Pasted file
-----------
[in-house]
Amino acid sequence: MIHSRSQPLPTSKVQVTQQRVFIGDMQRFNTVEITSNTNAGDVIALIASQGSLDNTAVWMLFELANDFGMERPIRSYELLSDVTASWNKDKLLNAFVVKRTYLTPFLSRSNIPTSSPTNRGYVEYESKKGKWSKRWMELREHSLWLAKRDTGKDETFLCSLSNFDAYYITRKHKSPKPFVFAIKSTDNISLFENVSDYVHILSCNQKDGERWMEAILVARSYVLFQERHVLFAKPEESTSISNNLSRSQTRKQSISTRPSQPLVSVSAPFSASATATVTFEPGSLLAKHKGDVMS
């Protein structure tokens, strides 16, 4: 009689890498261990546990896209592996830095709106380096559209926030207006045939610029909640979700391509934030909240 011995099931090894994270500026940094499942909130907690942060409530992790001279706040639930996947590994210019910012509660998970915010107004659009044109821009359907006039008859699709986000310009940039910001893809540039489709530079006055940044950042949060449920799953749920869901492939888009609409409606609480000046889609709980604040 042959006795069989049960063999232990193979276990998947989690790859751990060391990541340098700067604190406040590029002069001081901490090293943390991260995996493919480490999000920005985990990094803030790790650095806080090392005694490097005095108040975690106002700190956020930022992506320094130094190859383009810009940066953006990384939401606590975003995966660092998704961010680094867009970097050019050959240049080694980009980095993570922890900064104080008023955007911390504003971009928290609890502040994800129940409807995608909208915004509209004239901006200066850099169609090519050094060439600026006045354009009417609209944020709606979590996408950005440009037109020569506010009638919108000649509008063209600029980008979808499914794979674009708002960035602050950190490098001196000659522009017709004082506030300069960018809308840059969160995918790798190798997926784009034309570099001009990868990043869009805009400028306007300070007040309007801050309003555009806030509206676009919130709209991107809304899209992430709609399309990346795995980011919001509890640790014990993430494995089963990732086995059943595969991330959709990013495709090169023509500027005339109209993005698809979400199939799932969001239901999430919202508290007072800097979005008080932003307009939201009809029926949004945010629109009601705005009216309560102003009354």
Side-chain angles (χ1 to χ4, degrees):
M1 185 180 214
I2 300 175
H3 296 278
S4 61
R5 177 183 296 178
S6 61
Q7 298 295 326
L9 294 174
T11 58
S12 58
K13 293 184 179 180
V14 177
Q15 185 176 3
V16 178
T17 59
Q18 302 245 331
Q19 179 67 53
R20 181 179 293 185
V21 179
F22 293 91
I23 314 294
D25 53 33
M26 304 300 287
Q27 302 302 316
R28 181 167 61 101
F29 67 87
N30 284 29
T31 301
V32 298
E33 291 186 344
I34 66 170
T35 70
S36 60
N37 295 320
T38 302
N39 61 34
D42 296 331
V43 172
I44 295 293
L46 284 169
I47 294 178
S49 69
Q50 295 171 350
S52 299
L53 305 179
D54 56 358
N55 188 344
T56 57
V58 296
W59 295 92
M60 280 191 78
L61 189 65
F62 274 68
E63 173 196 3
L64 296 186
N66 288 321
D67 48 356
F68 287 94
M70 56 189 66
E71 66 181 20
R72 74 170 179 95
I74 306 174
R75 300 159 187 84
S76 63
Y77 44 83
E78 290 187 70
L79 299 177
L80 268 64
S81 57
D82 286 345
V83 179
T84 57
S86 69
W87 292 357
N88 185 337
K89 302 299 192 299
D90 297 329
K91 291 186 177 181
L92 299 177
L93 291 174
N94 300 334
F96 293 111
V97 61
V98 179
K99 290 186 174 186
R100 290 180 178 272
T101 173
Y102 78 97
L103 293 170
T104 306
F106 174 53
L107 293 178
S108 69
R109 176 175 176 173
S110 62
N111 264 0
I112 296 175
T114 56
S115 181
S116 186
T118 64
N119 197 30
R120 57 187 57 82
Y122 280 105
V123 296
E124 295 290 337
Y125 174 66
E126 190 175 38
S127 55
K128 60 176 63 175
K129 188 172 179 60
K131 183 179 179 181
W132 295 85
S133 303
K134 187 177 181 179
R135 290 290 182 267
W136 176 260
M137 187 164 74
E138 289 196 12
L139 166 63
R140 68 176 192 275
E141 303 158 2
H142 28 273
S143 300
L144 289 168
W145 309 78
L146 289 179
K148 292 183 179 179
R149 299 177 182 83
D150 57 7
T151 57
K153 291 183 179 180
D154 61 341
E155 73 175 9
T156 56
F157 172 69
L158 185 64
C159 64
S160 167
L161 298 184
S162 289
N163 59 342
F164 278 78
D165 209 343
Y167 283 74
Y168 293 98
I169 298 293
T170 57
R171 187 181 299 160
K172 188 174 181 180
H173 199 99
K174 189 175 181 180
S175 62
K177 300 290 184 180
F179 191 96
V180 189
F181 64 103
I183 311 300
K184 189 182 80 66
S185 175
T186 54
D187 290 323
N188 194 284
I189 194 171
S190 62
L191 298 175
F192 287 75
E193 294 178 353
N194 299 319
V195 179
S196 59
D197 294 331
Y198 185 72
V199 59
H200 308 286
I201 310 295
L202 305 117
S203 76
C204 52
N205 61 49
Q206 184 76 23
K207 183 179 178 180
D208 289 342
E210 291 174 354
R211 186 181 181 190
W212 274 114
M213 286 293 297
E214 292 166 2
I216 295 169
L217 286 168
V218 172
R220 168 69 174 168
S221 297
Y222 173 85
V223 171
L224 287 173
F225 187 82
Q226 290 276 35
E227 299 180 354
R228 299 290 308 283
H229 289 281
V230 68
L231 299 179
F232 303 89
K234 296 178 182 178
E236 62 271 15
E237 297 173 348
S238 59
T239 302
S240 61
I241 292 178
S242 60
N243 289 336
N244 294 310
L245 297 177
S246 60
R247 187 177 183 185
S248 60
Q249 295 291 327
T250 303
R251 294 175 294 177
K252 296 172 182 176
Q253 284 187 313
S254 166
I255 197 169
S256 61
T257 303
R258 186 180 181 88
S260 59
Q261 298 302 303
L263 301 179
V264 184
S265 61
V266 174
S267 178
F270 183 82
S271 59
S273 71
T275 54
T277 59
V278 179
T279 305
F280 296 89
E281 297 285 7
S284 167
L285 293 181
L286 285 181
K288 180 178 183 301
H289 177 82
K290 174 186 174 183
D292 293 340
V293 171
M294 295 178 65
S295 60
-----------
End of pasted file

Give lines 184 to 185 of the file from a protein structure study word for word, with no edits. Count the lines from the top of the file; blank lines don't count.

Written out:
N205 61 49
Q206 184 76 23